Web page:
I can't explain why but it was a more emotional read, than I have read for a very long time. I found several passages were very touching and emotional, causing this cynical old bloke to well up with emotion more time than I would like to publicly admit!

Thoroughly enjoyable, albeit on a challenging subject. A recommended read!
" said.

"Author Mona Golabek (and journalist Lee Cohen) tells her mother's story--A Jewish girl from Vienna, her parents got her a spot on a Kindertransport train. She spent WWII in London, living in a hostel of similar children. With the help of a Quaker neighbor, they found her younger sister a Quaker sponsor in northern England. Her mother had taken serious piano lessons, and manages to continue.

I pulled this book off of the adult nonfiction shelves at the library (biography section). As an adult biography, this book would be disappointing. But, truly, I believe this should be in the YA section. This tells the story of Lisa Jura from ages 12-21, as she is separated from her family. It tells the story of Lisa's first love and first kiss--a true coming of age story in a horrible time. In spite of the wartime horrors, it is surprisingly sanitary and upbeat.

Ages 10 and up, perhaps younger for children familiar with Holocaust history.

Though the author tells us what happened to Mrs Cohen, Hans, Gunter, etc, she does not mention Mrs Canfield or the Bates family (Quakers)--which seems a huge omission after the amount of text devoted to finding a sponsor for Sonia. Did the nuns return? What about Mr Hardesty and the Kindertransport workers? What about Mrs McRae from the factory? Did Lisa Jura or Sonia keep in touch with any of these people? Did the author try to find them?

" said.

"In this poignant memoir, Mona Golabek takes readers on an unforgettable journey through the life of her mother, Lisa Juda, during the terrifying years of World War II. Only fourteen and living in Vienna with her two sisters and parents, the import of Hitler’s regime becomes startlingly clear to Lisa when her piano teacher tells her that he can no longer teach her because she is Jewish. Kristallnacht occurs soon afterward, and Lisa’s parents know that it their home is no longer safe. They secure a treasured ticket on the Kindertransport and arrange for Lisa to travel to her father’s cousin in London. However, there is no place for her with her relatives, and after working as a servant for several months, Lisa ends up at Willesden Lane, a home for child refugees. Under the care of Mrs. Cohen, Lisa obtains a job and adjusts to her new life, yet never forgets her family, especially as the war reaches England. A musical prodigy, Lisa continues to play as a tribute to her mother, who told her to use her gift. Despite the hardships and horror of war, Lisa remains an inspiration to those around her as she works to accomplish her dream of becoming a concert pianist. With its simple language and heartrending honesty, this memoir is a beautifully evocative portrayal of a teenager’s life as a refugee, a unique narrative that is certain to stir a chord with readers." said.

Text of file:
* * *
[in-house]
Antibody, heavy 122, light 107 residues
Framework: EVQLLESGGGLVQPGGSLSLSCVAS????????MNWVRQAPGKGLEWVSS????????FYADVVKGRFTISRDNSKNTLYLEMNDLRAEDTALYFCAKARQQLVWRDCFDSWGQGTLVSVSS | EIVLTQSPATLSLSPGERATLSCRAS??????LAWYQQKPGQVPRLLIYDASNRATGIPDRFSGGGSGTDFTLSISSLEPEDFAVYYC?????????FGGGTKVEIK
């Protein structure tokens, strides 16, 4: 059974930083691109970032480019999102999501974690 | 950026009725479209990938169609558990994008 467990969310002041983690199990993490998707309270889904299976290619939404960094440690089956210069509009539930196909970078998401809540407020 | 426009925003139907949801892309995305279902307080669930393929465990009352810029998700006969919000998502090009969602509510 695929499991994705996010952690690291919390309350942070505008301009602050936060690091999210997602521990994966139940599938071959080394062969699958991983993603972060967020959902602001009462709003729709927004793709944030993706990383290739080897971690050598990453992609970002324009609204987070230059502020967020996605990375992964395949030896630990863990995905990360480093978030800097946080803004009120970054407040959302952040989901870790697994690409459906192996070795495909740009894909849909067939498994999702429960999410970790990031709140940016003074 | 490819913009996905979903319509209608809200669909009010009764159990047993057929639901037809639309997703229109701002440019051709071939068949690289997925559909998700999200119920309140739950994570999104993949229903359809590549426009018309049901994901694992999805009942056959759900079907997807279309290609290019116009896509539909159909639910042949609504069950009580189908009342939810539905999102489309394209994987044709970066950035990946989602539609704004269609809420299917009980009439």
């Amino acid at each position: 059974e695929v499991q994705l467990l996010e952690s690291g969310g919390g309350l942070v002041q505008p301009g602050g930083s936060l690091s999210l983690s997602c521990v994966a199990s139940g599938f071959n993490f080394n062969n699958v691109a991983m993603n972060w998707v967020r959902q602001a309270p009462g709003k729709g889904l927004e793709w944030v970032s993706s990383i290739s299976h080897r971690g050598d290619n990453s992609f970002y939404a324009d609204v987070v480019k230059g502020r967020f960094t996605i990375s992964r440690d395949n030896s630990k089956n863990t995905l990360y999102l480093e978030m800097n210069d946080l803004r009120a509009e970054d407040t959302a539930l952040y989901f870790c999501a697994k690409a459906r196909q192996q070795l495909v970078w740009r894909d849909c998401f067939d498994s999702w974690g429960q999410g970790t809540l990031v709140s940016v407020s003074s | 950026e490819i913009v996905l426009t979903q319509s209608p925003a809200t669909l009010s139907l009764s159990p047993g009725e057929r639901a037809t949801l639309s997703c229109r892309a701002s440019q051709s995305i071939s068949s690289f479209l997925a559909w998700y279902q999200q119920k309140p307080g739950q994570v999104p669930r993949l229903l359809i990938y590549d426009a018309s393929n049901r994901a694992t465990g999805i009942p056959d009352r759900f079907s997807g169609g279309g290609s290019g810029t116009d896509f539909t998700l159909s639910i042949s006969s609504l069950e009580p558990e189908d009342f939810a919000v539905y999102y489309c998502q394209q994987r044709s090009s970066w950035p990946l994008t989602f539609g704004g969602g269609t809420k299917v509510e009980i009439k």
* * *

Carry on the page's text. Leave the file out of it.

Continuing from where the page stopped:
"This is a fascinating, nuanced, and beautifully written book. While it by no means represents the experiences of all the kindertransport children, it provides a detailed description of the journey of several. It also gives us a very different view of the British home front, adding a nice depth to the narrative. Despite being written by the protagonist's daughter, it doesn't pull any punches: Lisa's dedication to her music occasionally led to emotions and behaviors that could be read as selfishness or self-centeredness (as is often the case in the employment of such talent, and I say that without criticism or judgment), and the reader is shown that. But the most important aspect of Lisa's story, and the most telling about what the people in it endured during those years, is the inspiration that the people around her derived from that dedication and from the music itself.

My only argument with this book, and it is a slight one stemming from my own background, is that it might have been a good choice to present it as a novelization (as Keneally did with Schindler). Not only is it derived from Lisa's memory, but then from Mona's as well. This is not to say that it is not credible, but my inner historian says that methodologically the conversations (and there are many) can in most cases only be "based on" or recreations of the type of thing that was probably said in such a circumstance. Further, the Author's Note points out that several characters are amalgamations of more than one person (again, as Keneally did in Schindler's List. That's not a bad thing; indeed, I tend to get irritated by a cast of too many characters to keep straight. But it might have made sense to categorize the "memoir" as a novelization.

This is a quick read, and well worth it.
" said.

June 2018 New Book: